Out here, there’s a bowing even the trees are doing.
Winter’s icy hand at the back of all of us.
Black bark, slick yellow leaves, a kind of stillness that feels
so mute it’s almost in another year.
I am a hearth of spiders these days: a nest of trying.
We point out the stars that make Orion as we take out
the trash, the rolling containers a song of suburban thunder.
It’s almost romantic as we adjust the waxy blue
recycling bin until you say, Man, we should really learn
some new constellations.
And it’s true. We keep forgetting about Antlia, Centaurus,
Draco, Lacerta, Hydra, Lyra, Lynx.
But mostly we’re forgetting we’re dead stars too, my mouth is full
of dust and I wish to reclaim the rising—
to lean in the spotlight of streetlight with you, toward
what’s larger within us, toward how we were born.
Look, we are not unspectacular things.
We’ve come this far, survived this much. What
would happen if we decided to survive more? To love harder?
What if we stood up with our synapses and flesh and said, No.
No, to the rising tides.
Stood for the many mute mouths of the sea, of the land?
What would happen if we used our bodies to bargain
for the safety of others, for earth,
if we declared a clean night, if we stopped being terrified,
if we launched our demands into the sky, made ourselves so big
people could point to us with the arrows they make in their minds,
rolling their trash bins out, after all of this is over?
From The Carrying (Milkweed Editions, 2018) by Ada Limón. Copyright © 2018 by Ada Limón. Used with the permission of Milkweed Editions. milkweed.org.
after the 2021 Texas Winter Storm
I’ll admit that I’ve never thought about frostbite.
Trauma of the blood, a thing to be avoided when heat goes out for an entire state.
I don’t know where to place this grief, this sweltering state freezing, politicians breezing over to a country that doesn’t have tissue choked out by its winter yet.
The sky can only do what it does.
The American government can only do what systems driven by green paper, violence & ache can do.
The trees bloom over dead bodies, missing.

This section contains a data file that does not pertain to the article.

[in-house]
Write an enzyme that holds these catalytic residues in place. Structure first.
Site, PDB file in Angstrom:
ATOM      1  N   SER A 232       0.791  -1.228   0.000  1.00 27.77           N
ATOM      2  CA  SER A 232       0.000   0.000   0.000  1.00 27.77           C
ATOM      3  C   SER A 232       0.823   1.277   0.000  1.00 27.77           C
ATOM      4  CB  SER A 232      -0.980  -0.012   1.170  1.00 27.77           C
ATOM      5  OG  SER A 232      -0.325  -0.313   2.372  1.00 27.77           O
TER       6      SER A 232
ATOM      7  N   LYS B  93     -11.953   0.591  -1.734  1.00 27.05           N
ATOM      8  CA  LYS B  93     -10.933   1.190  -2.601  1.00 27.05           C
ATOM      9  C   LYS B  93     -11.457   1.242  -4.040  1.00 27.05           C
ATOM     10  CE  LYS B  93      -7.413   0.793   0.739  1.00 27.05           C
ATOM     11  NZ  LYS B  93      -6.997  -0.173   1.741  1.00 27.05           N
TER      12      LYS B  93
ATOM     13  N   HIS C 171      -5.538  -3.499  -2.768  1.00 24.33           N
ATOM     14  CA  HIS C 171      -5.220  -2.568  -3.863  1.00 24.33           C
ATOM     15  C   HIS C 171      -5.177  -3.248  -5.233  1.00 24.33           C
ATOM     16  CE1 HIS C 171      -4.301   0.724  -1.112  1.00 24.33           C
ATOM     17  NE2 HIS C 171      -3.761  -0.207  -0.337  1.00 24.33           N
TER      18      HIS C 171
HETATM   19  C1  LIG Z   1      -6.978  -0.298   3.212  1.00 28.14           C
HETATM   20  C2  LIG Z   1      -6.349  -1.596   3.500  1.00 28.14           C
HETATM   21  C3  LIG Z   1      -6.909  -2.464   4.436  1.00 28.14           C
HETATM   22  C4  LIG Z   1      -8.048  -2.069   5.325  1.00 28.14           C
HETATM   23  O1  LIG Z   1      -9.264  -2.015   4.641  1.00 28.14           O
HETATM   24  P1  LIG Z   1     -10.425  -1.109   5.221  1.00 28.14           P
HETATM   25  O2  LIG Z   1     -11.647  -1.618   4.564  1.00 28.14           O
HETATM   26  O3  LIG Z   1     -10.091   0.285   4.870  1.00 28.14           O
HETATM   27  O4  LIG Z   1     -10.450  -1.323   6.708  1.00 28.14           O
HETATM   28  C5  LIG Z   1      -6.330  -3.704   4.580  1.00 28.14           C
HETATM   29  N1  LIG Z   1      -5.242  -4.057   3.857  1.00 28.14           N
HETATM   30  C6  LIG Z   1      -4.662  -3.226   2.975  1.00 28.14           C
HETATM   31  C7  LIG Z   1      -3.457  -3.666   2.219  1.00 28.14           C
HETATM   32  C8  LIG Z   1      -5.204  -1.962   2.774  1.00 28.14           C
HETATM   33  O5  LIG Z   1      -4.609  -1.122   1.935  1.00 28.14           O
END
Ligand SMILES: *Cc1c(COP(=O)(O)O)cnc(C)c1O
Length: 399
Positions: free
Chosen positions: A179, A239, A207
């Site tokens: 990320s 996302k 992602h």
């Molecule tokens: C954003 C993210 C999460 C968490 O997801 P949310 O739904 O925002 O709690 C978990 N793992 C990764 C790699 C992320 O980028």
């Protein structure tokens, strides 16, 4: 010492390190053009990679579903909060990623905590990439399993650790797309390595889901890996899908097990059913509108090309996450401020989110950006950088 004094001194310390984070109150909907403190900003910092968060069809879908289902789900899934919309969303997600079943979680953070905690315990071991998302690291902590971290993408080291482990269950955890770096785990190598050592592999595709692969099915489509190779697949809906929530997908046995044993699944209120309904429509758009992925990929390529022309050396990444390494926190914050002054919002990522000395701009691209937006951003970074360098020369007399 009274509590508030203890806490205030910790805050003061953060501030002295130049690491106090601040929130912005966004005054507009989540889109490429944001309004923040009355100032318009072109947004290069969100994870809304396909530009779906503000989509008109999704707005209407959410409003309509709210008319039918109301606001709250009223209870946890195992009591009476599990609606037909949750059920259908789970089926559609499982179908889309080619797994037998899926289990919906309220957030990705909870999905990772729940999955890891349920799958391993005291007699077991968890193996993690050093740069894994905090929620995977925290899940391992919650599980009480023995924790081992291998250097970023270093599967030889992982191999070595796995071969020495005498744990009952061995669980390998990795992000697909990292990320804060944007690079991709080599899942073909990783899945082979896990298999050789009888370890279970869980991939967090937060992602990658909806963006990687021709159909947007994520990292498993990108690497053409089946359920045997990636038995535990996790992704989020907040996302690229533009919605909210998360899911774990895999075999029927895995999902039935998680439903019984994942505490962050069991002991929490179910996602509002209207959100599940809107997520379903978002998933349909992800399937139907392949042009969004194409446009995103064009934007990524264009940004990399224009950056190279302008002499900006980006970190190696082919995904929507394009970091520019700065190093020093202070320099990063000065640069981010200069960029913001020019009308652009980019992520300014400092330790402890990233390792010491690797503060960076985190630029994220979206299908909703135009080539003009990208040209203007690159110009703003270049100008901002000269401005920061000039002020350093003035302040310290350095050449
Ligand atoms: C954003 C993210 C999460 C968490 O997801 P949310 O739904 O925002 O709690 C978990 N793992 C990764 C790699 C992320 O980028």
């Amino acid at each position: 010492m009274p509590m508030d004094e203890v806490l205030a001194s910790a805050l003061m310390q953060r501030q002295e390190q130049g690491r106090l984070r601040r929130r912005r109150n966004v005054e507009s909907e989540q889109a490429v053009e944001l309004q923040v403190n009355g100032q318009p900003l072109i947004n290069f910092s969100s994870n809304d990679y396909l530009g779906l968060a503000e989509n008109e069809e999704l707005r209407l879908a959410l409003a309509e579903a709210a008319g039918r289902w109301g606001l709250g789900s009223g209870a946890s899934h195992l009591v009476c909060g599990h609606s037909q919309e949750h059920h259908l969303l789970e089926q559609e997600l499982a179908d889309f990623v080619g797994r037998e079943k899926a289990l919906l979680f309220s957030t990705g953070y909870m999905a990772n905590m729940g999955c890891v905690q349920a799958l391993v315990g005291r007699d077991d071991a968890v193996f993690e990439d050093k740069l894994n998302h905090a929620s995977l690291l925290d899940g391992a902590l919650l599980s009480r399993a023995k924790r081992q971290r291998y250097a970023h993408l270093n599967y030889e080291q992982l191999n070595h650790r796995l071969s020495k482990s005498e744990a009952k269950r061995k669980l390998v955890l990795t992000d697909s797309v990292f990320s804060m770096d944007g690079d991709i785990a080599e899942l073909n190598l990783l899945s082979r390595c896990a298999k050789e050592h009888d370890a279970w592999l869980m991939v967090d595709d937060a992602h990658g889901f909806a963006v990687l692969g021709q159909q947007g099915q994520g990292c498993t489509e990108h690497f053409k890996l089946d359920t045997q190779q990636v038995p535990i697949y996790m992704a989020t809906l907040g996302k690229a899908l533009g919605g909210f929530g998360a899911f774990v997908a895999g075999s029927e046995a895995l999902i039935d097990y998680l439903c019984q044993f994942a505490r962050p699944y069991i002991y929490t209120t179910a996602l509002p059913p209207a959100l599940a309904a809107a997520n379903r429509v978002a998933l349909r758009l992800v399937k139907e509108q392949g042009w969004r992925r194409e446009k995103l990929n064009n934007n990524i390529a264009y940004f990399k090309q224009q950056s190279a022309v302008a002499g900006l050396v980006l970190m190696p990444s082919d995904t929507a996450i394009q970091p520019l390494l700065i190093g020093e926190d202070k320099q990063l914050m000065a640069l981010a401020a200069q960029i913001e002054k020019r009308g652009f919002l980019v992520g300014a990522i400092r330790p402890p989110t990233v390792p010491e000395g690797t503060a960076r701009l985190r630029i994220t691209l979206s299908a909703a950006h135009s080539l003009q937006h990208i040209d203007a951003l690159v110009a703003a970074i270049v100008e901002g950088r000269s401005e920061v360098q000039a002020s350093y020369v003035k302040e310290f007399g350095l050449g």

The sound of hands rubbing, engines purring, hopes that gas lights or chafing or the rapture won’t come first may quiver in my blood forever.
I am Black but maybe I am doomed.
Memory flashes like a computer screen; I see the zoom link expand. Colleagues process whatever failure number of a thousand this was this year and I can only remember white.
Six inches deep, sunken into my boots all over.
The timeline of friends stranded, impending doom of electricity shutting off, water pressure slipping into nothing every hour, pipes bursting on top of all that white.
I haven’t recovered from seeing things that too-closely resemble holes in a graveyard.
I haven’t forgotten the project is due in 2 weeks.
My therapist says take it easy as if capitalism is listening. As if the body will ever forget what it is given.
I am Black which is history, personified.
I used to listen to Pilot Jones fondly. With all this frostbite on my fingers, I’m not sure if I can type.
I cannot finish another sentence on unity.
What is unified about ERCOT letting us freeze? Knowing how to fix the problem & not doing it; how does that form a Kumbaya circle?
If I made art about every pain I’ve felt unjustly, I would be swimming in accolades for great American books.
I would take back every word I’ve written if it ended this.
America is the worst group project.
I’m writing a great American poem about suffering.
How much is going without food that isn’t canned for a week worth?
The absence of snow feels like betrayal. My memory mixes with American delusion.
I can’t believe half the things that I’ve been through.
Ice cold, baby, I told you; I’m ice cold.
Who said it first, Frank Ocean or Christopher Columbus?
I’ve never been taught how to adequately mourn the nights spent bitching about a brisk wind; the night we almost got stranded trying to get to J before the cold swallowed them whole.
I want to give everything I’ve been handed a good cry. Red skin & chapped lips deserve it.
Good grief, what has Texas done to me.
An article features a person walking past tents near I-35.
I can’t cry about the body but I feel it.
A highway splits a nation from its promise to be one.
Everything feels blurry and the palm trees have died.
Everything transported here withers away eventually.
6 months later and I haven’t been able to shovel out my sadness.
A news report said that it’s safe to go back to work. & I listen, because what else can you do in 6 inches of white.
The snow melted and I still feel frostbitten.
There are no heroes in a freeze-frame changing nothing.
I pose begrudgingly. Say cheese & then write this.
I’m not a survivor; just still breathing.
I remember grief, love’s grand finale.
What else do we have if not the memory of life before this?
I cannot tell you how many lives I’ve lost to mourning, but I can tell you that the sky does what it does.
Let’s go for a walk & touch the trees that survived like us.
Let’s write a future more joyful & less inevitable in segments of leaves.
Anything we dream will be better than this.
Copyright © 2022 by KB Brookins. Originally published in Poem-a-Day on April 23, 2022, by the Academy of American Poets.